This is one hell of a street food. It’s a layer of fries, coated on a layer of bread, wrapping itself around a stick of hot dog and topped with Ketchup.

The idea seems sinfully good, but i suggest to eat this only when you are sure it’s freshly fried. Else, the fries exterior will taste rather soggy and greasy and you will end up scrapping away the fries and just finish the dog.

Myeongdong – Eomuk Guk (어묵국 Fish Cake Soup)

This is the best street food during winter season because the stick of fish cake comes with a cup of anchovies soup to warm your body and soul.

The texture of their fish cake is soft and less springy than our Singapore’s version and it’s really tasty. Some people may complain about the MSG in the soup though.

Myeongdong – Dong Pang 동빵 – W$700

Poo pancake (Dong Pang) is very popular in Seoul recently. There was one particular stall that is really popular with really long queues. I saw this similar one at Myeongdong and although it may not be the best, this is pretty good too.

Initially I thought the texture will be similar to the Japanese Pancake (the one on the shape of a fish) but it’s actually more moist and texture is somewhat similar to a sponge cake.

The exterior crust is really crispy and it comes with many flavours like Vanilla, Cheese, Chocolate and Red Bean.

Myeongdong – Hotteok (호떡)

Hoddeok is one of Korea’s most popular street food. It’s freshly press-fried on a frying pan where the exterior is fried to crisp and is sometimes served in a paper cup.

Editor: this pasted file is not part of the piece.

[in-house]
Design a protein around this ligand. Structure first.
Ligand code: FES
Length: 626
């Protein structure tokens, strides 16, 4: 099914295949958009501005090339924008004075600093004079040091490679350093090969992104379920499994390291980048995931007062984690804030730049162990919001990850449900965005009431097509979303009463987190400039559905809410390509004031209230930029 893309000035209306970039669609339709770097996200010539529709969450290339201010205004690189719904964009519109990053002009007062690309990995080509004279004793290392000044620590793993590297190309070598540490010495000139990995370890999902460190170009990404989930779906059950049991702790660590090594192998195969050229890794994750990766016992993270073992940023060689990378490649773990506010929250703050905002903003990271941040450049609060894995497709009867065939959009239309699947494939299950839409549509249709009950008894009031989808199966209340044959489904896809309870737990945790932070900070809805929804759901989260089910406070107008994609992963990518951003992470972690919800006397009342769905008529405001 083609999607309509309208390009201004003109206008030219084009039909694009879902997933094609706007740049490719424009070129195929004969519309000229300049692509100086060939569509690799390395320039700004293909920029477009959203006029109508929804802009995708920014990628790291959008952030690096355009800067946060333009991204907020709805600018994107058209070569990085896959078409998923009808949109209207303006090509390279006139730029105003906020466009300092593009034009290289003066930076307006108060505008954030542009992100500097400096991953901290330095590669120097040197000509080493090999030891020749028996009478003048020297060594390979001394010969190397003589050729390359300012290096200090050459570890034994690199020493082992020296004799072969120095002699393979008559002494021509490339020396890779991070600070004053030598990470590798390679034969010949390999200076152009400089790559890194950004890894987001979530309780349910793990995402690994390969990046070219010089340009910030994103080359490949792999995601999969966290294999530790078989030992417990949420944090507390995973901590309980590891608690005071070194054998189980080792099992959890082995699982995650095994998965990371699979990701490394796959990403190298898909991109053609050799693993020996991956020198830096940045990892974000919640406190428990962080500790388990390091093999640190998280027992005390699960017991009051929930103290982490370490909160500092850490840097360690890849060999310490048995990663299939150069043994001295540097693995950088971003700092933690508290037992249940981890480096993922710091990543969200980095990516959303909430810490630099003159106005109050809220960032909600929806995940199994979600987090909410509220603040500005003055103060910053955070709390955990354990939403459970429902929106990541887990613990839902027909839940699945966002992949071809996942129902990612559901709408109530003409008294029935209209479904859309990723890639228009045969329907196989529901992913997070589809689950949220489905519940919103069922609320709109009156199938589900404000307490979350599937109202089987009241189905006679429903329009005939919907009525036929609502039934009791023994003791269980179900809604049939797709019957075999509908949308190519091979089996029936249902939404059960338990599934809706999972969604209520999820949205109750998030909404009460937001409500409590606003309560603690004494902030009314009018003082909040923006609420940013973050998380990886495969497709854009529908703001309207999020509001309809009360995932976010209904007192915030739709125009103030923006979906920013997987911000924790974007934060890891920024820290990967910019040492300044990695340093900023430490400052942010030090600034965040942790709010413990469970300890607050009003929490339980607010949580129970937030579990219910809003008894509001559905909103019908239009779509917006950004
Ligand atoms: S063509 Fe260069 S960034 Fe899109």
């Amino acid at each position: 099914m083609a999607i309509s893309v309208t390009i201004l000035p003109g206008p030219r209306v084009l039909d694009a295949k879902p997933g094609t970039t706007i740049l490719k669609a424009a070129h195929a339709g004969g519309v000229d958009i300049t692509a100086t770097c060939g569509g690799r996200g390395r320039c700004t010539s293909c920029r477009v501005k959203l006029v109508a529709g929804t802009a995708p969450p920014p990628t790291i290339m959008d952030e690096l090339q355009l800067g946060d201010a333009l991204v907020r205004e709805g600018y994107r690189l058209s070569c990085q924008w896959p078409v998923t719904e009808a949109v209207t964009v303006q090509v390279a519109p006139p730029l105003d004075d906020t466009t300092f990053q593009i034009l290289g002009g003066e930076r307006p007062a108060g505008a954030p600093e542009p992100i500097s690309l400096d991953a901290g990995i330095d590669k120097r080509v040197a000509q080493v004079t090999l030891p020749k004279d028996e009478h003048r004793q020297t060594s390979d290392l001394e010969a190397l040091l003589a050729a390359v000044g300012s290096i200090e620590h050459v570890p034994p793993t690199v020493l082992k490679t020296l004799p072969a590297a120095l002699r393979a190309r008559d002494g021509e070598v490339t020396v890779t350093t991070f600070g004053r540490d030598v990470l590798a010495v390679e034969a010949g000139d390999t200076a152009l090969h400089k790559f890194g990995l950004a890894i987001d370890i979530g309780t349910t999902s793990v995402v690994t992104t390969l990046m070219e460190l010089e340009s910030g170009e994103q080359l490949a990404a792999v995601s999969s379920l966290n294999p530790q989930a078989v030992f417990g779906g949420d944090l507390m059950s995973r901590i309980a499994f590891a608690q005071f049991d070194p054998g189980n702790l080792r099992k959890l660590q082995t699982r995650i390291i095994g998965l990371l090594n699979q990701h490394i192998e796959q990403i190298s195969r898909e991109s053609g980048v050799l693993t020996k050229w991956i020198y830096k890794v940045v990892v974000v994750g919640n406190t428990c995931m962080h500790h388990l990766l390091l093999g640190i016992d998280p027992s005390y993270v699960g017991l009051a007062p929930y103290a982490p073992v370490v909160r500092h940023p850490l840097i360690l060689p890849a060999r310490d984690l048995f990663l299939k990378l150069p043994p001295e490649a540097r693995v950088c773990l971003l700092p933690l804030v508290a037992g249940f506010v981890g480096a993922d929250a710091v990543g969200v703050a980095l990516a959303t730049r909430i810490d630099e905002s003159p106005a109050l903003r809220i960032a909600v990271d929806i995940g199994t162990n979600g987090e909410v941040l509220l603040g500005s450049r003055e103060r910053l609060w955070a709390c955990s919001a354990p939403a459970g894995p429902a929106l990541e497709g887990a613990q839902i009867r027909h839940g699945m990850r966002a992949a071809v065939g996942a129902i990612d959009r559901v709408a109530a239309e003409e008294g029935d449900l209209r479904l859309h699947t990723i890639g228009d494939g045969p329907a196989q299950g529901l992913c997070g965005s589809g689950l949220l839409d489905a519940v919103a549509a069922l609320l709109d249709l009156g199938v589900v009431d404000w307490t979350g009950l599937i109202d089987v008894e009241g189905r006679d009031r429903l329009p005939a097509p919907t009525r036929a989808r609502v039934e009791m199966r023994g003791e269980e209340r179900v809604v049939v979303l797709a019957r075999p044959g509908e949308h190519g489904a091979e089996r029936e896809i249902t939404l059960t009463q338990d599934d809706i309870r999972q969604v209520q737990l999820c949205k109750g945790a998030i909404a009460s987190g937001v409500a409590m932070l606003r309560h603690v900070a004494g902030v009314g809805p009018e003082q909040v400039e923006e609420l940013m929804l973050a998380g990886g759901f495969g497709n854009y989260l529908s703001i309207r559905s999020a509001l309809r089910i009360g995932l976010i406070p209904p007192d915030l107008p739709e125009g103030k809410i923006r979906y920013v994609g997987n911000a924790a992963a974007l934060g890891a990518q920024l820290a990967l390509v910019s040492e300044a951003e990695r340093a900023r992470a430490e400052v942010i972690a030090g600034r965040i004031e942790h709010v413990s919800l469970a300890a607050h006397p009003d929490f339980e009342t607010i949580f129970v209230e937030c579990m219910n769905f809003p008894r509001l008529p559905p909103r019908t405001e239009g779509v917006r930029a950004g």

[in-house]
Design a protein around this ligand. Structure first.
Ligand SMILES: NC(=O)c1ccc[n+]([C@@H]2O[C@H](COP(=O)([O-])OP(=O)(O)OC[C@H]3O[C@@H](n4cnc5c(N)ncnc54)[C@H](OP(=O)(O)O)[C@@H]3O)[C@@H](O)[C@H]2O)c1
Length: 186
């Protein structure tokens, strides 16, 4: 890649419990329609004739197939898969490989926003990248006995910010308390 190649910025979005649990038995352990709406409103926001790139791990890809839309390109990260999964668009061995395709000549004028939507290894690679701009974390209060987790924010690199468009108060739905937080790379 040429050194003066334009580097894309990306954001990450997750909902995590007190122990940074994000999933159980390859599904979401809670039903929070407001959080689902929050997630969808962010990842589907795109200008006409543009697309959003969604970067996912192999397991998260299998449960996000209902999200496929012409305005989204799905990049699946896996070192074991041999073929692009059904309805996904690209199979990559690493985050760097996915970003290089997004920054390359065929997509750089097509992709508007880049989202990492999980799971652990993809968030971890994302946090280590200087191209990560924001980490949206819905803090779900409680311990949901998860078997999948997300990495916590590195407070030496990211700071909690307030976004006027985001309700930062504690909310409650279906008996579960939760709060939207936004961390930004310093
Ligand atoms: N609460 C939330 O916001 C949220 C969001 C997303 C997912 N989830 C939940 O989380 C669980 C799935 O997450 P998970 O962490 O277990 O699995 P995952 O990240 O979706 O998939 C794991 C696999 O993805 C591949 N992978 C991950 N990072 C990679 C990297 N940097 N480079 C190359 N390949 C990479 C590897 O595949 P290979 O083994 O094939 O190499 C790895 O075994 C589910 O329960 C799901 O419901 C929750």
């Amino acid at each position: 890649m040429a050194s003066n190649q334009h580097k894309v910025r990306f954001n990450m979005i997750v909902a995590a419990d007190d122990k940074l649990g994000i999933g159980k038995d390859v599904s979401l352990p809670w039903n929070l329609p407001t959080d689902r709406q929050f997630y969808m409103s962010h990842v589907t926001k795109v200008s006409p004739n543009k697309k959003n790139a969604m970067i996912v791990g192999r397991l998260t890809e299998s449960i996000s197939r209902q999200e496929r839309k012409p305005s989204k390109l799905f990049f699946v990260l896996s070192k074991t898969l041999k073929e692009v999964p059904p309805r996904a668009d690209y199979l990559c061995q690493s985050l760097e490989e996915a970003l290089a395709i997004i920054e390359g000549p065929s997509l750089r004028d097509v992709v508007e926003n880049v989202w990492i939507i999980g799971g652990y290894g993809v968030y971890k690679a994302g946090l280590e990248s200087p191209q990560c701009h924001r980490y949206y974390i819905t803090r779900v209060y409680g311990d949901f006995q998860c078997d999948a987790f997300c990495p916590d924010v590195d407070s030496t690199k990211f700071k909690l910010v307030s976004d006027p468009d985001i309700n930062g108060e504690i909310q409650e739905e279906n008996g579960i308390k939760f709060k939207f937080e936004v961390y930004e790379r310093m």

There are a variety of fillings and the most traditional one is made with brown sugar, honey, chopped peanuts, and cinnamon. The paste is soften during the frying process and turn into a flowy semi liquid form. 

Hotteok  is very enjoyable with a crispy exterior with a flavour packed filling. The sweetness is above average though.

Conclusion

I believe what I had tried is only the tip of the ice berg as the variety of their food is just astonishing. Induldging in Seoul’s street food culture is definitely one of my best Seoul experience and will continue to do so when info visit Seoul.

Myeongdong has a diverse range of street food and they only come alive from evening time. Remember to leave some space in your stomach in you are visiting the Myeongdong district.

And for the ladies, remember to bring your shopping bags. The variety of skin care products you can find in Myeongdong is crazy. However please be careful with your belongings as it is really crowded on a weekend evening.